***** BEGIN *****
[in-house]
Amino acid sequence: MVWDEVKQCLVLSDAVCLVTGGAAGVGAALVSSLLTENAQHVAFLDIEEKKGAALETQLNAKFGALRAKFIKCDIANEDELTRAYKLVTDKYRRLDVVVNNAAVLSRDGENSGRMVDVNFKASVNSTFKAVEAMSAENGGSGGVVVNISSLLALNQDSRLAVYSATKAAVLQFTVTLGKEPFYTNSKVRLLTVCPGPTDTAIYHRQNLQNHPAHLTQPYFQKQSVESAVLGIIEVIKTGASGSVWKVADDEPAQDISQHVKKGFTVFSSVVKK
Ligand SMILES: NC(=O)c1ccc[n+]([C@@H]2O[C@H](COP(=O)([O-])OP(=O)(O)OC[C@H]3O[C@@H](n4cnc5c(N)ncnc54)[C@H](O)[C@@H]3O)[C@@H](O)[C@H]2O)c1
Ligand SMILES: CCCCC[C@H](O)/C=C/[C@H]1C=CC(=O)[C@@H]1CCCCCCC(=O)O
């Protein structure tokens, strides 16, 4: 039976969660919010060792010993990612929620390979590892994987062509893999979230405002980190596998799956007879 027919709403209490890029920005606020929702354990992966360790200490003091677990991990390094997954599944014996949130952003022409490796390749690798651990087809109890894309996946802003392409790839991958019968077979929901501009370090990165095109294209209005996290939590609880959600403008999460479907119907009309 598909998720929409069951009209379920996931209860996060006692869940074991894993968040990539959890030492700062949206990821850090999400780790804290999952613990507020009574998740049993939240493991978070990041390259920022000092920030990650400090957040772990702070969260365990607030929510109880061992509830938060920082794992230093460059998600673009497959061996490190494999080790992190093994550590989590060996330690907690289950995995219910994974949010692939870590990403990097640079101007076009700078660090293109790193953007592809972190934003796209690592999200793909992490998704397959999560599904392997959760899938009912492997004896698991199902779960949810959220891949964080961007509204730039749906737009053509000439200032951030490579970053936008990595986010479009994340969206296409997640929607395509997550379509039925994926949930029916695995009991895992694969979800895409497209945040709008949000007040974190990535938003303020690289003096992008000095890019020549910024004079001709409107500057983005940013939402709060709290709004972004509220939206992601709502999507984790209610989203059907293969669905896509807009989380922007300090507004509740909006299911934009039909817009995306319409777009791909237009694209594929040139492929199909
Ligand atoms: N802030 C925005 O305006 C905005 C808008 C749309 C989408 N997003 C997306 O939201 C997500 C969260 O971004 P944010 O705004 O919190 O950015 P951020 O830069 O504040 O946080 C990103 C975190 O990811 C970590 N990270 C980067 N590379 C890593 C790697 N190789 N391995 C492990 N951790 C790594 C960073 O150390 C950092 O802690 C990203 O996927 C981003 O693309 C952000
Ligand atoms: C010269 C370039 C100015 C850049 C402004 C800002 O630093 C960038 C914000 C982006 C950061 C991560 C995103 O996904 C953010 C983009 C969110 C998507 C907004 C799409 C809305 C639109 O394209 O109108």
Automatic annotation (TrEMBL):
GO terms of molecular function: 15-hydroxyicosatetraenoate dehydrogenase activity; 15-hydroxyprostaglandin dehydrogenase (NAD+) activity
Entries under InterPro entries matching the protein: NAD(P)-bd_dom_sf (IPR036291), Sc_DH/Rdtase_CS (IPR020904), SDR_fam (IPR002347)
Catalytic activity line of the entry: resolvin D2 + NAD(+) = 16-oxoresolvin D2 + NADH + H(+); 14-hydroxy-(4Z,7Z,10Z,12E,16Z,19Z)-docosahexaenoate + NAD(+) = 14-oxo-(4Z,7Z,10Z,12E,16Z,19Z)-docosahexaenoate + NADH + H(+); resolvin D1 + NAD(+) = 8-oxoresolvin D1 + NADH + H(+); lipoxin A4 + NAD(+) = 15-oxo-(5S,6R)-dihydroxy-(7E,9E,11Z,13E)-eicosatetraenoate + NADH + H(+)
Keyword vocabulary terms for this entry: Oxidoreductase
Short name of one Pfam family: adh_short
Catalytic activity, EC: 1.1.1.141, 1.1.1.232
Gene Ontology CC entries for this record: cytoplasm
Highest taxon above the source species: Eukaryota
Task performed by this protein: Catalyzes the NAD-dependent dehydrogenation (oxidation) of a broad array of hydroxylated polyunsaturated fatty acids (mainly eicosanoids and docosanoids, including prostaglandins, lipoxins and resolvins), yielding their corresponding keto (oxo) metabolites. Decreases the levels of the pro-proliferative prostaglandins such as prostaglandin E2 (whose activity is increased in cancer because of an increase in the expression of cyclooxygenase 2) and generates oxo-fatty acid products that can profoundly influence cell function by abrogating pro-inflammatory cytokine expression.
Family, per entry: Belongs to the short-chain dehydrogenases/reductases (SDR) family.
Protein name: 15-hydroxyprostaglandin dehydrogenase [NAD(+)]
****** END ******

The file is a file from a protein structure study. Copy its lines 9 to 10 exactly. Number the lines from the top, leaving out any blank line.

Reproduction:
GO terms of molecular function: 15-hydroxyicosatetraenoate dehydrogenase activity; 15-hydroxyprostaglandin dehydrogenase (NAD+) activity
Entries under InterPro entries matching the protein: NAD(P)-bd_dom_sf (IPR036291), Sc_DH/Rdtase_CS (IPR020904), SDR_fam (IPR002347)